When Christians think and speak about defending or sharing the Christian faith with the people around them—the Scripture itself must be our first line of defense and reasoning. Scripture stands by itself as the infallible, inspired and inerrant Word of God. Scripture is God’s conduit by which He redeems lost sinners and changes the hearts of man (Romans 10:17). Even with holding the authoritative Word of God as the ultimate resource, there are still many who endeavor to defend the faith by first turning to archaeology, philosophical arguments, scientific proofs and rebuttals, canonicity or textual criticism to defend the veracity of the Bible and add to its credibility in the eyes of the unbelieving world. None of these proofs or apologetic resources is wrong, but rather represent a well-rounded and robust defense of the Scripture. While the authoritative pages of Scripture must be our first priority as we think to inform our apologetic methodology, other disciplines that support the truthfulness of Scripture like archaeology can be very beneficial, and thus should be pursued as a viable endeavor.
This post is not intended to convince you to sell your house, move to a middle-eastern country, and pursue a career in archaeology. I would, however, like to highlight some of the benefits of archaeology, and perhaps give you some added insight as to the importance of the archaeological information you may find in your typical study Bible or commentary. And I hope it does encourage you to be familiar with the benefits of archaeology.
Archaeology has confirmed the historical accuracy of the Bible. It has verified many ancient sites, civilizations, and biblical characters whose existence was questioned by the academic world and often dismissed as myths. As the 20th century has progressed, several archaeological finds verifying the biblical record have come to light. The International Standard Bible Encyclopedia explains:
There were nineteenth-century scholars who were convinced that Abraham, Isaac, Jacob, and perhaps even Moses were simply imaginary creations of later Israelite authors. But archaeology has put these persons in a real world. As a result, a scholar such as J[ohn] Bright, after devoting thirty-six pages to the subject, can write, ‘the Bible’s picture of the patriarchs is deeply rooted in history.’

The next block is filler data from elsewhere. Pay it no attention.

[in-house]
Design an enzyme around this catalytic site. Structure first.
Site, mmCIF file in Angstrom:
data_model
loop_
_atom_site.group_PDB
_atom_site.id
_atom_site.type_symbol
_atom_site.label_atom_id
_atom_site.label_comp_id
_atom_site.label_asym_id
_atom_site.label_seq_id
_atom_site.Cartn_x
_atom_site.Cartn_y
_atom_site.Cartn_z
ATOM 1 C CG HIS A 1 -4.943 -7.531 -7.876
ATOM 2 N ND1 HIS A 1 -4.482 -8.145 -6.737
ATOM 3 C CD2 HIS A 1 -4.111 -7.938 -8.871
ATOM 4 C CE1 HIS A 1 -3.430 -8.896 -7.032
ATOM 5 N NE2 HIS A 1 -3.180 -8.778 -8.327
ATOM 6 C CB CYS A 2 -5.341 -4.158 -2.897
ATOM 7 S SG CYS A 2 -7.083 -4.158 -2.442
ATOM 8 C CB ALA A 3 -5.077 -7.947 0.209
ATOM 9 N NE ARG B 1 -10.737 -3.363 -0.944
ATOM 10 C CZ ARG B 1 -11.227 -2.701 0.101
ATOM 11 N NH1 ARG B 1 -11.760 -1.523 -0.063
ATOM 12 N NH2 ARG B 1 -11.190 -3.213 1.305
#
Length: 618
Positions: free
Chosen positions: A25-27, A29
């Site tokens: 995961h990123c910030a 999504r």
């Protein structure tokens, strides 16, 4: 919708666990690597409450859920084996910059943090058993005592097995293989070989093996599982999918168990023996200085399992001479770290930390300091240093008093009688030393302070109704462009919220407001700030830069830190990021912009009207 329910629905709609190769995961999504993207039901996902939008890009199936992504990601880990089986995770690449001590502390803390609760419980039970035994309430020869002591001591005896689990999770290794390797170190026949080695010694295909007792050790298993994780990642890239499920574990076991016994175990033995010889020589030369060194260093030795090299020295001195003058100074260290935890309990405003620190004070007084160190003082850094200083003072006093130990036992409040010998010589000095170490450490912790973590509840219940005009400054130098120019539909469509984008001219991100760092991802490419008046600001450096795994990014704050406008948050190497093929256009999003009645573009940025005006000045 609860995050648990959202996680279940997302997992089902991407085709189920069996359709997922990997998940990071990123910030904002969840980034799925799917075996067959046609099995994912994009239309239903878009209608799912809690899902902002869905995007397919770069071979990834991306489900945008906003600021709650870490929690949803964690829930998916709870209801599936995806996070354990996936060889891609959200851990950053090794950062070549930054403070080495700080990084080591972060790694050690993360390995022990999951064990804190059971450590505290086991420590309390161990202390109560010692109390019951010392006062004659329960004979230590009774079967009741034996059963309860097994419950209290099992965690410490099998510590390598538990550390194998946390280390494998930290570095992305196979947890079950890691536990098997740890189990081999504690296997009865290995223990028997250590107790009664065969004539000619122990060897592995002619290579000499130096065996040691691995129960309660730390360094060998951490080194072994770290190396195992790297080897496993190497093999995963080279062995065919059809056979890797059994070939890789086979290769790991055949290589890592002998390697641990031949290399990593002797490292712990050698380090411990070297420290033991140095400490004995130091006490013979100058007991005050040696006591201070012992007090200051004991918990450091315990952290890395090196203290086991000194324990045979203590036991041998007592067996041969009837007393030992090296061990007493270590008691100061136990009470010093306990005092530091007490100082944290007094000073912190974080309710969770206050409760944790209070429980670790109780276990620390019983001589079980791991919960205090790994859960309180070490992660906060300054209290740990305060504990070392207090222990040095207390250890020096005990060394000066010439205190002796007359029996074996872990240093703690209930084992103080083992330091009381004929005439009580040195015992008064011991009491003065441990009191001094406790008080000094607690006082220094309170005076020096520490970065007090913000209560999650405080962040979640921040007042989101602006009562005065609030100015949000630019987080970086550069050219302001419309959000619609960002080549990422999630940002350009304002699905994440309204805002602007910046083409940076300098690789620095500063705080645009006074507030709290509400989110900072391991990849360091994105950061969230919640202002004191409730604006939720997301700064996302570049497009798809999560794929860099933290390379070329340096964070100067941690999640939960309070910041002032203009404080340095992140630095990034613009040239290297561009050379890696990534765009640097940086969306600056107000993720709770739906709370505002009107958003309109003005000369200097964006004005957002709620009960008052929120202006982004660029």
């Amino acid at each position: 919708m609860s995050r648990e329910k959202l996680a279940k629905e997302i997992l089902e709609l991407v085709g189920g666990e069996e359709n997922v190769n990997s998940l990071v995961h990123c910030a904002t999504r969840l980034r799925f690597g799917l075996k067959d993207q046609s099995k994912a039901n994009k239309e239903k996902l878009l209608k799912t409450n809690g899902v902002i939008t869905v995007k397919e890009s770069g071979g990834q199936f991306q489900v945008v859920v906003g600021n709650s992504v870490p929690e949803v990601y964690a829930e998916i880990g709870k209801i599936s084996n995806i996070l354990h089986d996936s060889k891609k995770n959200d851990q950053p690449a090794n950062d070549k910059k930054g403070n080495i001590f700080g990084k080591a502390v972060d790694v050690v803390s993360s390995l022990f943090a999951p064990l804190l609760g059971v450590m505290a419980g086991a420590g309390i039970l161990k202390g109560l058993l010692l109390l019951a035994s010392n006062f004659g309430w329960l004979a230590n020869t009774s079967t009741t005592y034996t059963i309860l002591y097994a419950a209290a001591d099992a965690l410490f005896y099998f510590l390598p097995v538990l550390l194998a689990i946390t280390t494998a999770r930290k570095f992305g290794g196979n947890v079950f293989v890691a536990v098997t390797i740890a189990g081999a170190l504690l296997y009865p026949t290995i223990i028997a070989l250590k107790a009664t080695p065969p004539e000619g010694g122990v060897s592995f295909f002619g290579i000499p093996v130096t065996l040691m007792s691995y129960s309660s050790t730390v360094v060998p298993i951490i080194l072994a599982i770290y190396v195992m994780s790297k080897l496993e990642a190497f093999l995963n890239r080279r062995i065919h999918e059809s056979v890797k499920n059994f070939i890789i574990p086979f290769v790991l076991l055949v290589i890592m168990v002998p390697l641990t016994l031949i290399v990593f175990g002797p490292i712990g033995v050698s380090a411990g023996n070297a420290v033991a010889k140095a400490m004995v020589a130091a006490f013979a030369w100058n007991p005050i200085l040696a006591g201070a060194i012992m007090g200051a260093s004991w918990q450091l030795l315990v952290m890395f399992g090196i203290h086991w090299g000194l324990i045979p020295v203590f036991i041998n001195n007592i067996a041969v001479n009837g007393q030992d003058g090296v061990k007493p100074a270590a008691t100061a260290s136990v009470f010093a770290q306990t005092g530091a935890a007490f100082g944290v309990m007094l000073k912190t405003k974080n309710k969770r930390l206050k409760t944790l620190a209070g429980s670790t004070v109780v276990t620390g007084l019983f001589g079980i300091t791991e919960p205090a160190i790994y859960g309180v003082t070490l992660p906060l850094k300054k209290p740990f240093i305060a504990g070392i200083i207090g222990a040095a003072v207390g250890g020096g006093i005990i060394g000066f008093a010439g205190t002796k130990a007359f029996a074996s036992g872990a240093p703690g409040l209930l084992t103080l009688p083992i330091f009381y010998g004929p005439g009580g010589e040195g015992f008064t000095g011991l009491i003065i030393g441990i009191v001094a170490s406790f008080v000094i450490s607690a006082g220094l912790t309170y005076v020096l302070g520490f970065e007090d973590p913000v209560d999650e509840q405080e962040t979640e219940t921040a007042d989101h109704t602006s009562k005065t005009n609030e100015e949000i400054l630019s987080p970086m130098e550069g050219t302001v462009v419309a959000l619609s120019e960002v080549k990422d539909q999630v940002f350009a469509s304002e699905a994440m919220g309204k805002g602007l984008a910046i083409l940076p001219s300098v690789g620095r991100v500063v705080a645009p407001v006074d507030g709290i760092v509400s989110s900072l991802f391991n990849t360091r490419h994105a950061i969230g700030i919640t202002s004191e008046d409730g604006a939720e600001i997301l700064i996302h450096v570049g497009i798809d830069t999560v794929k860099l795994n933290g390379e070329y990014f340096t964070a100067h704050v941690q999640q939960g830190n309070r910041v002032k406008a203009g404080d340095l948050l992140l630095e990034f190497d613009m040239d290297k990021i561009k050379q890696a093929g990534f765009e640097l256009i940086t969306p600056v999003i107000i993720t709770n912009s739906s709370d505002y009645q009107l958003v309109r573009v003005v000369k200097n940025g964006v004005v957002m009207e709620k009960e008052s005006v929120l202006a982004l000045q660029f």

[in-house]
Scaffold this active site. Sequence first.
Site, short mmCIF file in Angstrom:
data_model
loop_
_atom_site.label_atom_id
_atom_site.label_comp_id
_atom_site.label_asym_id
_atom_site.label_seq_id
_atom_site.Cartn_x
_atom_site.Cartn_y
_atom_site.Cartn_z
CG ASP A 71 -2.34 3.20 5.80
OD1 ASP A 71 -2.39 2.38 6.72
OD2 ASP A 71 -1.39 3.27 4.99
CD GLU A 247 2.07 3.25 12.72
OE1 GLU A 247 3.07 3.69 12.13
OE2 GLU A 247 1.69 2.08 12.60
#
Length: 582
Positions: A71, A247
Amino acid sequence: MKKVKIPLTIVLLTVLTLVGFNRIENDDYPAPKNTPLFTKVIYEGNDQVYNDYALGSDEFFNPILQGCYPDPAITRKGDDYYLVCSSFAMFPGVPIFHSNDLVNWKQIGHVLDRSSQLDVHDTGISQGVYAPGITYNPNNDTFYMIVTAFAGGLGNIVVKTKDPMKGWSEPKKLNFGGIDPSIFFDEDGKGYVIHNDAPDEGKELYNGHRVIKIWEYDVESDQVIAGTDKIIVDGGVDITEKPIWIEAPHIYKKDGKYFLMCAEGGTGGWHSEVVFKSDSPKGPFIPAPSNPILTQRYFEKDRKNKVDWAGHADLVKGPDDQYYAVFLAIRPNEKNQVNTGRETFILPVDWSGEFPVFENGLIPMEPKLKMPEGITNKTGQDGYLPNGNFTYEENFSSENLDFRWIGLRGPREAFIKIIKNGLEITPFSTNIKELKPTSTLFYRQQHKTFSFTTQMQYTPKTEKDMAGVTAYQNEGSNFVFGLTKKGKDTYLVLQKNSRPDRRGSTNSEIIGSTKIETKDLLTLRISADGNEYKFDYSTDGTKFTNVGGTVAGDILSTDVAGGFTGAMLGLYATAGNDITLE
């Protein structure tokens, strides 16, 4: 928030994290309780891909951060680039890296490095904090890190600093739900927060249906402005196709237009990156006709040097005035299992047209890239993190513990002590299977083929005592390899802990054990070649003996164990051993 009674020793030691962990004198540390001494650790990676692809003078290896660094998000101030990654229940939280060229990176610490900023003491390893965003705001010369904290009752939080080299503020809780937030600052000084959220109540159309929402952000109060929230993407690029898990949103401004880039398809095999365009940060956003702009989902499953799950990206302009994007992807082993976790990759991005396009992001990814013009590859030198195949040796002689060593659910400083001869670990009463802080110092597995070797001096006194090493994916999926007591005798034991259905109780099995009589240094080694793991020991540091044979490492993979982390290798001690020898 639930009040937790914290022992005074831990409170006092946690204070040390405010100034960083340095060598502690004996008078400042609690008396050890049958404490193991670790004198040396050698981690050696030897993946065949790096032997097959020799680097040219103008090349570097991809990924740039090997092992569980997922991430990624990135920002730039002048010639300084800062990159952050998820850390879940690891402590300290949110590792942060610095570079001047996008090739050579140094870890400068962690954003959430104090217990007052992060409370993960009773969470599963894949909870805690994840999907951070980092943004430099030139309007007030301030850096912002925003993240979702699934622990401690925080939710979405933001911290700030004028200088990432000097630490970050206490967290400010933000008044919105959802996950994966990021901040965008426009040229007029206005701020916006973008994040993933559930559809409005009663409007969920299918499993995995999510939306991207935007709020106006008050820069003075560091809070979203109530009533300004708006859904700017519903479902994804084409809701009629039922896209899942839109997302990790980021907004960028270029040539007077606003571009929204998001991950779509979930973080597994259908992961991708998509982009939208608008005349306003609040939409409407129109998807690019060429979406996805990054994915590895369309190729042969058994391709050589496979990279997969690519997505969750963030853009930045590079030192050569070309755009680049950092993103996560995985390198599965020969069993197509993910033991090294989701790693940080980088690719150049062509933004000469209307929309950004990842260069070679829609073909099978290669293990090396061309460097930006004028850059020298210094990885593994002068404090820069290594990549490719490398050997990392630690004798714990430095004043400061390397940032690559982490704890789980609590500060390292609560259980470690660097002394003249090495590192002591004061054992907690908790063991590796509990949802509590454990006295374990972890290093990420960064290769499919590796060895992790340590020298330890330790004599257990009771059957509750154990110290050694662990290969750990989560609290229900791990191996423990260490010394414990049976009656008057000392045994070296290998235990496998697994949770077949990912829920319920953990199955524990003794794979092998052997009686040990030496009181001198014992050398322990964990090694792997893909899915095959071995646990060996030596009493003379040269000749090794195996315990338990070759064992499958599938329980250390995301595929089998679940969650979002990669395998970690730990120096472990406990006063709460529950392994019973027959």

This quote reminds us that archaeology has indeed confirmed many facts in the Bible. For instance, skeptics of Scripture believed for many years that Belshazzar was a pure invention on the part of the writer of Daniel chapter five. However, in 1854, some clay cylinders were discovered at the ancient city of Ur upon one of which was inscribed a prayer on behalf of King Nabonidus and his son Belshazzar.
The archaeologist’s spade has also uncovered evidence of ancient peoples mentioned in Scripture. One such example is the Hittite kingdom, mentioned only in the Bible, which had been dismissed by many critics as mythological. Prior to the late 19th century, nothing was known of the Hittites outside the Bible, and many critics alleged that they were an invention of the biblical authors. As Gleason Archer mentions: “The references [in the Bible] to the Hittites were treated with incredulity and condemned as mere fiction on the part of late authors of the Torah.” Yet, excavations in Syria and Turkey revealed many Hittite monuments and documents. These discoveries proved the Hittites to have been a mighty nation, with an empire extending from Asia Minor to parts of Israel.
Archaeology also confirms people in the Bible. In “Archaeology Confirms 50 Real People in the Bible” in the March/April 2014 issue of Biblical Archaeology Review, Purdue University scholar Lawrence Mykytiuk lists 50 figures from the Hebrew Bible who have been confirmed archaeologically. The 50-person chart in BAR includes Israelite kings and Mesopotamian monarchs as well as lesser-known figures. Other archaeological evidence to emerge in support of the Bible includes the Code of Hammurabi, The Mari Letters, and the extensive Sumerian Literature.